From helping pass Proposition 30, which raises billions of dollars for education, to fighting back against Vergara v. California, a lawsuit filed on behalf of nine student plaintiffs which seeks to dismantle teachers’ rights, AFT President Randi Weingarten stands up for California educators and students.
“She could have said, ‘Good luck,’” CFT President Josh Pechthalt told Convention delegates. “But instead she said, ‘How can we help you? What resources do you need?’ She pushes back on billionaires trying to destroy public education.”
After asking for a moment of silence for former CFT President Raoul Teilhet, who died last June, Weingarten talked about some of those trying to destroy public education — such as David Welch, the founder of Students Matter, which launched the Vergara lawsuit; Michelle Rhee, who formed the anti-union lobbying group Students First; and the oligarchic Koch brothers.
“They like this notion of austerity,” Weingarten said. “They want a race to the bottom. They want to demonize and marginalize — they want a second gilded age.”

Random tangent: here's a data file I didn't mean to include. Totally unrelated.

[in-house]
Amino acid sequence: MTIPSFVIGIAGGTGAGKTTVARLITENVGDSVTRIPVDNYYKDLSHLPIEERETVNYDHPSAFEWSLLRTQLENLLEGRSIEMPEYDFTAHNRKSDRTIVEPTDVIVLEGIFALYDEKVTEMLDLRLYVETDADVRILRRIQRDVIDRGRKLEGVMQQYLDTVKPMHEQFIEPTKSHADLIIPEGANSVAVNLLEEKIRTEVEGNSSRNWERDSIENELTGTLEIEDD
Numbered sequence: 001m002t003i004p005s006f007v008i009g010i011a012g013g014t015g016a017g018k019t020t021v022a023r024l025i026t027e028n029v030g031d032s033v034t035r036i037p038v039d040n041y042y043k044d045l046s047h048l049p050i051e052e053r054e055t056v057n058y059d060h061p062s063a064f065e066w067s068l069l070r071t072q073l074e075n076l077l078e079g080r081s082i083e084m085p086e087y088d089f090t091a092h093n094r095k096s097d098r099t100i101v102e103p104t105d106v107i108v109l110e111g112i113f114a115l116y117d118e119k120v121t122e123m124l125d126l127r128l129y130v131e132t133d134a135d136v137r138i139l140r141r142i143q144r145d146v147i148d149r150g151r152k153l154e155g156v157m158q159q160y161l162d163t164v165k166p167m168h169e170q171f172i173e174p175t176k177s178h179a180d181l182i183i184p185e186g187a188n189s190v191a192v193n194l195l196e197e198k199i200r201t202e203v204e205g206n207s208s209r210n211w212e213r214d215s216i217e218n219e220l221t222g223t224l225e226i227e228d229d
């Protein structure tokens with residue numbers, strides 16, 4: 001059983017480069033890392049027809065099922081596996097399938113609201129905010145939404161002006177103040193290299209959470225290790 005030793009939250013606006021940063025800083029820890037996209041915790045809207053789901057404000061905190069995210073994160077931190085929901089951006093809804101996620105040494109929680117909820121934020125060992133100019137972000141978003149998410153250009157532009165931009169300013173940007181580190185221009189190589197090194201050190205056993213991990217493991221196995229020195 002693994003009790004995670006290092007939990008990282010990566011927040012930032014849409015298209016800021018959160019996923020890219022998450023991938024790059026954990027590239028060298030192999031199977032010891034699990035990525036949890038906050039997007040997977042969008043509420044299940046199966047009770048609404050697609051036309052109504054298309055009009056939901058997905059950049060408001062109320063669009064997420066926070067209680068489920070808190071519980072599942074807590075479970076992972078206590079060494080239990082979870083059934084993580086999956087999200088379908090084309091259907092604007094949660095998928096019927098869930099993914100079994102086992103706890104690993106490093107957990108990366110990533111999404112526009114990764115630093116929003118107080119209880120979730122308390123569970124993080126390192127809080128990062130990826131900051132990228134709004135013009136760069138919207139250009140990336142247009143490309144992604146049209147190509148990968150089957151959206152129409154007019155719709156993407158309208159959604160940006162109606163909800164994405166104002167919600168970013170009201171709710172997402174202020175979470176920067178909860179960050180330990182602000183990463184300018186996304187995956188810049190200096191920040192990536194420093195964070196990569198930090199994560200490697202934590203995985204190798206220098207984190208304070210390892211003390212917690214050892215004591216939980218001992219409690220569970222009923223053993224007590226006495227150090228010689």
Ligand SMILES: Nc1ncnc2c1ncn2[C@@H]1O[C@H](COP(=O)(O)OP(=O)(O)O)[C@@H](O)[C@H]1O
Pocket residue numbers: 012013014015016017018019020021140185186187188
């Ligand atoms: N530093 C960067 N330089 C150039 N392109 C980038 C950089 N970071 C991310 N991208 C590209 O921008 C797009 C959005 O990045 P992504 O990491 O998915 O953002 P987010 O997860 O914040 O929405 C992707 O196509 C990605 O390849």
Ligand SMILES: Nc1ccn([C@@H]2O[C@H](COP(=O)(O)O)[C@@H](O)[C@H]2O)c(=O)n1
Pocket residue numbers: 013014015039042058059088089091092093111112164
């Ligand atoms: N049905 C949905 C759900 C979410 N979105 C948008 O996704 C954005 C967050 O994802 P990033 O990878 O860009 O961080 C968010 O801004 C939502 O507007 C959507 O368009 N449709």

As the labor movement has diminished, so has the middle class, Weingarten said. She talked about the need for building it back up.
“You hear this all the time with Vergara — ‘Why do they have due process and I don’t?’” Weingarten said. “The point of the labor movement is we should all have that. We have to change the conversation from ‘Why do they have that and we don’t?’ to ‘We should all have that.’”
Weingarten talked about strategies to stand up to corporate interests and have an impact. Why is it, she asked, that people such as Grover Norquist, the man behind the famous anti-tax pledge, wants so much to get rid of the labor movement?
“We are the only institution that can create power for regular people, and that’s why they want to kill us so much,” Weingarten said. “If we come up with solutions, engage our members and are community-focused, with a little badass thrown in, we can turn this around every single time. That’s what we proved with Proposition 30.”